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The Annotated Art of War (Parts 6.7-12: Choosing Moments)


Disciplines > Warfare > The Annotated Art of War > Parts 6.7-12: Choosing Moments

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VI. Weak Points and Strong


Sun Tzu said: Commentary
7. You can be sure of succeeding in your attacks if you only attack places which are undefended. You can ensure the safety of your defense if you only hold positions that cannot be attacked.

Where possible, attack in places which are undefended, such as flanks and the rear.

If all areas are defended, select weaker points to attack, where defenses are weakest.

In the opposite sense, ensure you have no undefended or weak points that offer the enemy an easy way in.

8. Hence that general is skillful in attack whose opponent does not know what to defend; and he is skillful in defense whose opponent does not know what to attack. A foolish enemy will assume you will attack only directly. If they are less foolish, you can still keep them on their toes with regular indirect attacks such that they have to distribute their troops everywhere.

If you are good at defending, you can hold off a larger force which remains puzzled as to what attacks to use and so does not attack.

Ways to do this include taking superior positions and having good intelligence and mobile troops who can reach defensive positions before the enemy arrives.

This principle is equally applicable in business. If you can take market share and defend your own, you will grow and grow.

9. O divine art of subtlety and secrecy! Through you we learn to be invisible, through you inaudible; and hence we can hold the enemy's fate in our hands. When you use camouflage, secrecy and other ways of cloaking your positions and intent, you can act at will, even from within enemy territory.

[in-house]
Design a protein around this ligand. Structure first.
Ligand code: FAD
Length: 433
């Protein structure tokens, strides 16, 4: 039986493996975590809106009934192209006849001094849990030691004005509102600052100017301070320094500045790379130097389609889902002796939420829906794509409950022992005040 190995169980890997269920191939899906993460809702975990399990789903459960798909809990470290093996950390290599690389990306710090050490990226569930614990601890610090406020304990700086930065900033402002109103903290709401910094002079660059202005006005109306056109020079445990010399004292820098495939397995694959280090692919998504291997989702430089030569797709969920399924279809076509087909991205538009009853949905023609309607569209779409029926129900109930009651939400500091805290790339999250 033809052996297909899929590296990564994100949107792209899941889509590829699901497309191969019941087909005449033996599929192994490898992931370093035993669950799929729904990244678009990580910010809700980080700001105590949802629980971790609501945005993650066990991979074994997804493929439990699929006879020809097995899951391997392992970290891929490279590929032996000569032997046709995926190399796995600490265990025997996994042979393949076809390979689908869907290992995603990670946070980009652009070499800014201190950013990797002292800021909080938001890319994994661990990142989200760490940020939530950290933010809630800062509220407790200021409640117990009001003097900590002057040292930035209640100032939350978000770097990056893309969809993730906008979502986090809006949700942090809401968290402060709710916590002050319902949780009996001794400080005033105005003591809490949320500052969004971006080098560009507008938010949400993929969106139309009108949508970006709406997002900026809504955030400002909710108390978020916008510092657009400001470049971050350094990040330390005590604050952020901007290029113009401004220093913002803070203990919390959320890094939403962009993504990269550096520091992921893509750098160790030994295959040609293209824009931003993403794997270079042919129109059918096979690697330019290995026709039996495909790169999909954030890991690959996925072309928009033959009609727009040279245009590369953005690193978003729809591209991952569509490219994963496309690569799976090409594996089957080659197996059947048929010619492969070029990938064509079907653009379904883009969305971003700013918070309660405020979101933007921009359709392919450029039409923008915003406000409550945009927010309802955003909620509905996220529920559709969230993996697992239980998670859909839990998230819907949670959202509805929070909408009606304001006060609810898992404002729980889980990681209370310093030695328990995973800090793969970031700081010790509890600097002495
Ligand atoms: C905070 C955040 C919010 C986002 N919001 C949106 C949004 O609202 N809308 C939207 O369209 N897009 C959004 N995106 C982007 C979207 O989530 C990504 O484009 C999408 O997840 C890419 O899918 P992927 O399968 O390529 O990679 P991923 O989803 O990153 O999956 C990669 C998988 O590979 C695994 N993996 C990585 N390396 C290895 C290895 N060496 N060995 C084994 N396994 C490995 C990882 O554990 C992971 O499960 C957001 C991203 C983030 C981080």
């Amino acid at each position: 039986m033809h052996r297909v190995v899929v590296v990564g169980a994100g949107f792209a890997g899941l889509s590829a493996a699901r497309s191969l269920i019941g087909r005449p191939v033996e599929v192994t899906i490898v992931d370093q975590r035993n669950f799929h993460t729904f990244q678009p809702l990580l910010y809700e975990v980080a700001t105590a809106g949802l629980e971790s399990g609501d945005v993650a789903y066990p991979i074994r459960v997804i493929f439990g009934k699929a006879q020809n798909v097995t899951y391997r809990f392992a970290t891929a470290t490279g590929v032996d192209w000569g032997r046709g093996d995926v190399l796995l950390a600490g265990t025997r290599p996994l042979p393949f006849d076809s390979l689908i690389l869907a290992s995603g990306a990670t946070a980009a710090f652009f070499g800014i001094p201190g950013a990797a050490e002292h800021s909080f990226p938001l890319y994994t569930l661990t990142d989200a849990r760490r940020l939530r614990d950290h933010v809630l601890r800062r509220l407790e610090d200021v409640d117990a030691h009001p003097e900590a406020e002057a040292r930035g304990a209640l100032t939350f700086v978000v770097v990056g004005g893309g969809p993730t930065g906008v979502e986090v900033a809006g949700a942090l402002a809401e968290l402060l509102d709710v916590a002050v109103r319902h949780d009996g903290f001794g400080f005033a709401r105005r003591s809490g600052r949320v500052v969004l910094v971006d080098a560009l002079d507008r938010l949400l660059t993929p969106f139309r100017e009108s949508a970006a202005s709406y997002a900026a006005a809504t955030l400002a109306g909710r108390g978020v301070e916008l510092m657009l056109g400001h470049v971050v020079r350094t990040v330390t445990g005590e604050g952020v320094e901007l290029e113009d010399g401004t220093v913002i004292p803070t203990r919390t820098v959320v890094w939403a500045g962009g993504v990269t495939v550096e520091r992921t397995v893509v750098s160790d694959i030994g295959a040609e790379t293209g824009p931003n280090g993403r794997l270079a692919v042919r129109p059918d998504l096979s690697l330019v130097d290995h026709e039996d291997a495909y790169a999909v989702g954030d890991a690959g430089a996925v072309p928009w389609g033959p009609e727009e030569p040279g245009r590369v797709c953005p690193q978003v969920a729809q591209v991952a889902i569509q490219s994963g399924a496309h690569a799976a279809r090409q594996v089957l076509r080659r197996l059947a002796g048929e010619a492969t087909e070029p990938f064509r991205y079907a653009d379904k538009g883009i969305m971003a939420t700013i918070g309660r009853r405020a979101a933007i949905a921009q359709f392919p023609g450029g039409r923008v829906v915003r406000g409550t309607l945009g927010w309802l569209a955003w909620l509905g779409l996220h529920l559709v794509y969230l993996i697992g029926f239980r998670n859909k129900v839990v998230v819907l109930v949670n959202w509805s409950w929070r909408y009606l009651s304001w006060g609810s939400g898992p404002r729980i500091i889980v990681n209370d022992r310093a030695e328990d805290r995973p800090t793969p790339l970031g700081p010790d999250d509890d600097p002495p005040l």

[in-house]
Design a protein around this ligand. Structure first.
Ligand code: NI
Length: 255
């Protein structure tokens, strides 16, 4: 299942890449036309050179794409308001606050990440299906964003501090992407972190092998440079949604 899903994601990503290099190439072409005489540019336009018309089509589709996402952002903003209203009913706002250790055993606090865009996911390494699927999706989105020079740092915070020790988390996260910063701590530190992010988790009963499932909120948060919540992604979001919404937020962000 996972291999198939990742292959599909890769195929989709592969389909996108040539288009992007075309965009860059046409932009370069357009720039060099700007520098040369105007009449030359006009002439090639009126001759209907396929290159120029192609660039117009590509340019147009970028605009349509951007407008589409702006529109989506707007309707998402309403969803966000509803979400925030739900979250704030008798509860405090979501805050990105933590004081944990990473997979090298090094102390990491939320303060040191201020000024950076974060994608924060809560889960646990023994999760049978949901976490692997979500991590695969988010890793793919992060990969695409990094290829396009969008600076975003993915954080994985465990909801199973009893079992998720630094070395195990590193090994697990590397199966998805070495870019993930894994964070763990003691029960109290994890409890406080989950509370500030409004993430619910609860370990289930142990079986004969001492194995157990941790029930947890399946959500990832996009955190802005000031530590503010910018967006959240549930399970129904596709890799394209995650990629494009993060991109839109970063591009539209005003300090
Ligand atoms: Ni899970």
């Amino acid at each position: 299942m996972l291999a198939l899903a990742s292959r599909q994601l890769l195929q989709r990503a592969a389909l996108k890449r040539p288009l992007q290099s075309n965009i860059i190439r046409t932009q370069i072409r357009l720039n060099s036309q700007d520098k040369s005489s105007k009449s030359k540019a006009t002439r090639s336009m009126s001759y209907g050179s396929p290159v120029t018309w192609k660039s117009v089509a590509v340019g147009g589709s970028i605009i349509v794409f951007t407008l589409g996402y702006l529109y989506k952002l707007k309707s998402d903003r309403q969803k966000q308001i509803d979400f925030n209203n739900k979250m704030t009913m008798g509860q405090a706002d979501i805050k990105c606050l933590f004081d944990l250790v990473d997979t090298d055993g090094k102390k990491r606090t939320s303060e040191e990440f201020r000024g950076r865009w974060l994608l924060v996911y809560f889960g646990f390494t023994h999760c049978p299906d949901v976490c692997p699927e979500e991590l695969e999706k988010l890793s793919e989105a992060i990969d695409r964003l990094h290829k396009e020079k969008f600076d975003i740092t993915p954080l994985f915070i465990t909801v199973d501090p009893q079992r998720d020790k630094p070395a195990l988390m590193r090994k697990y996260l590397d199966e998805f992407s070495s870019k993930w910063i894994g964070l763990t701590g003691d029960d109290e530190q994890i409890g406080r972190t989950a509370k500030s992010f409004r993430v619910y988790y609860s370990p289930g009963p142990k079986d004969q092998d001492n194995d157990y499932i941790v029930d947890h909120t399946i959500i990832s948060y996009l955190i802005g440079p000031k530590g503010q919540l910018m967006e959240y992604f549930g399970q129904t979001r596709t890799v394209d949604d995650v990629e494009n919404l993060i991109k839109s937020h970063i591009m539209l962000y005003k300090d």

The original words for this paragraph talk about 'without form or sound'. how can you attack a formless enemy?

10. You may advance and be absolutely irresistible, if you make for the enemy's weak points; you may retire and be safe from pursuit if your movements are more rapid than those of the enemy.

When attacking through weak points, always sustain the route back home. It does not help to be cut off whilst in enemy territory.
11. If we wish to fight, the enemy can be forced to an engagement even though he be sheltered behind a high rampart and a deep ditch. All we need do is attack some other place that he will be obliged to relieve. A simple way to winkle an enemy out of his hidey-hole is to force him to come to the defense of some other place.

Rather than laying siege, attack other places. When the enemy leaves their stronghold to help others, then you can ambush them.

It is also possible to feed them false information that other places are being attacked, with the same effect.

12. If we do not wish to fight, we can prevent the enemy from engaging us even though the lines of our encampment be merely traced out on the ground. All we need do is to throw something odd and unaccountable in his way. An advancing army is cautious in case of traps and deception. You can hence deceive by suggesting deception. This will halt them until the suspected problem is resolved.

Such bluffing can require bold moves. There is a story of a city being attacked that suddenly threw open its gates to reveal not defenders but people sweeping the ground. Filled with suspicion, the attackers retreated.



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